FSA rules on conduct of business will clarify the relationship between broker and insurer, says Liz Johnson

Spitzer has stunned the global insurance market with allegations of fictitious quotes, bid-rigging and market service agreements in New York.

But brokers closer to home need to focus now on the new requirements of the FSA in relation to broker remuneration prior to their enforcement from 14 January 2005.

The thrust of the new insurance conduct of business rules (ICOB) is transparency and to this end brokers must take steps to ensure that all communications with customers are "clear, fair and not misleading".

Come 14 January brokers will be subject to the full raft of detailed provisions set out in the rules relating to the way brokers conduct their business.

Of key importance is the requirement for a broker to take reasonable steps to ensure that it does not "offer, give, solicit or accept an inducement" or direct or refer any actual or potential business to another person if, in either case, it is likely to conflict with any duty owed to the customer.

This is broadly defined and deliberately so, for it is intended to prevent any intermediary getting around the rule by arranging for the inducement to be given to an unregulated associate.

Moreover, an inducement is not limited to cash, but includes cash equivalents, commission, goods, hospitality or training programmes: in fact, it can be anything.

The ICOB rules also set out detailed status disclosure requirements.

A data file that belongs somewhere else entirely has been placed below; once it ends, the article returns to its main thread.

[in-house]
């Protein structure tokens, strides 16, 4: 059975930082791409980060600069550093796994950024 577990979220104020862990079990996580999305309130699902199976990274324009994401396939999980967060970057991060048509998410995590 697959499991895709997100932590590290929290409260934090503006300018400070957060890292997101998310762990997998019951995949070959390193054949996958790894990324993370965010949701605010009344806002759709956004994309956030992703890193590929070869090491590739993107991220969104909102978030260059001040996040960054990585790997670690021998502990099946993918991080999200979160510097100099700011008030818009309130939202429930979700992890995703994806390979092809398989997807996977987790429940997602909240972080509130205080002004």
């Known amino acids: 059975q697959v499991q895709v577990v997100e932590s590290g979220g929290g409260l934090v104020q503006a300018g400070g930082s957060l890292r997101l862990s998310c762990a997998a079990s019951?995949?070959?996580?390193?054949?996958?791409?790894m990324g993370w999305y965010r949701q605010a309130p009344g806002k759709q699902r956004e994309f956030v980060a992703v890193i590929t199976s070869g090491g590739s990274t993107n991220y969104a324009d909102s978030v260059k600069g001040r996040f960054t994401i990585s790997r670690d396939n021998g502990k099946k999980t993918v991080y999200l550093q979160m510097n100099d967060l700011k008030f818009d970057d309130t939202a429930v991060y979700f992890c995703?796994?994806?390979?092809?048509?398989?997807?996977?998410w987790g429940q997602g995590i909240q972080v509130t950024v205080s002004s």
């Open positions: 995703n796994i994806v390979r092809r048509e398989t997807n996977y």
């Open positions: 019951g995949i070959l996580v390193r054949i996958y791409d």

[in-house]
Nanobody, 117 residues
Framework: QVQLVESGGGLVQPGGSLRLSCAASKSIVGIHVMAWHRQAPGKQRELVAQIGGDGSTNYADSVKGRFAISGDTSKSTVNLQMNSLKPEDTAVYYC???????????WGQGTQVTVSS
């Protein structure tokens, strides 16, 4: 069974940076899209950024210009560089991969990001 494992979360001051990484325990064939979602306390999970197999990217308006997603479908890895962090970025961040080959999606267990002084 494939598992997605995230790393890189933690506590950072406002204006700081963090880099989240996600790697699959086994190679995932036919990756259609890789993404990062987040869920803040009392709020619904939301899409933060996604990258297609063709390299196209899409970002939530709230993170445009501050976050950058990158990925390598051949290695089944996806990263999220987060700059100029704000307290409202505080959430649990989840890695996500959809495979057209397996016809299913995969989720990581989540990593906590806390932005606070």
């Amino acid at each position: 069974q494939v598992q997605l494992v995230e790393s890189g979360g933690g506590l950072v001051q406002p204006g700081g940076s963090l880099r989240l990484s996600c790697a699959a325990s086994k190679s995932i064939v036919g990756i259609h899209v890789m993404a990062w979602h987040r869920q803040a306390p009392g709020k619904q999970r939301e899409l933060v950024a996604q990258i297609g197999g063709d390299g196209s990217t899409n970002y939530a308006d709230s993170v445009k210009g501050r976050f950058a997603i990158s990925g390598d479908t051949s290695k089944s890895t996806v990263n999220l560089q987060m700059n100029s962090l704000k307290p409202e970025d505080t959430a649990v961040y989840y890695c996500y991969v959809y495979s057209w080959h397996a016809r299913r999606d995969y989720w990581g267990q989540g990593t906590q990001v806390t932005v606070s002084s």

These include disclosure to the customer of such matters as whether the product being sold has been selected from across the market or from a limited number of providers and, if the latter, whether the broker is contractually obliged to conduct its broking in this way.

The customer is also entitled to a list of the insurers the broker deals with in relation to that product. The broker must also disclose details of certain direct or indirect holdings it may have in an insurance undertaking (and, conversely, any interest such an undertaking may have in the broker).

These rules will ensure that it will be clear to the customer to what extent the broker is tied to, or has any vested interest in, selling a particular product.

Before an insurance contract is concluded, if a commercial customer asks, brokers must disclose the commission they and any associates receive.

While this rule does not apply to retail customers, the FSA has pointed out that rules of agency still apply.

In particular, it is worth remembering that brokers stand in a fiduciary position in relation to their clients and, as such, they are not allowed to make a secret profit.

In any event, if any customer asks a broker what remuneration he is receiving, the broker is obliged by law to tell him. Strictly speaking, this applies to all remuneration, whether paid by commission or otherwise.

The FSA has said that, while it cannot get involved in broker activities prior to 14 January, when it does take over regulation of intermediaries it will look very closely at the arrangements in place between brokers and insurers.

It is also as well to remember that, particularly following such a high profile inquiry as Spitzer's, it may not be the regulator pursuing the broker, but the insured pursuing the broker.

Any insured suffering loss as a result of a broker contravening an ICOB rule could take action under the Financial Services and Markets Act [2000].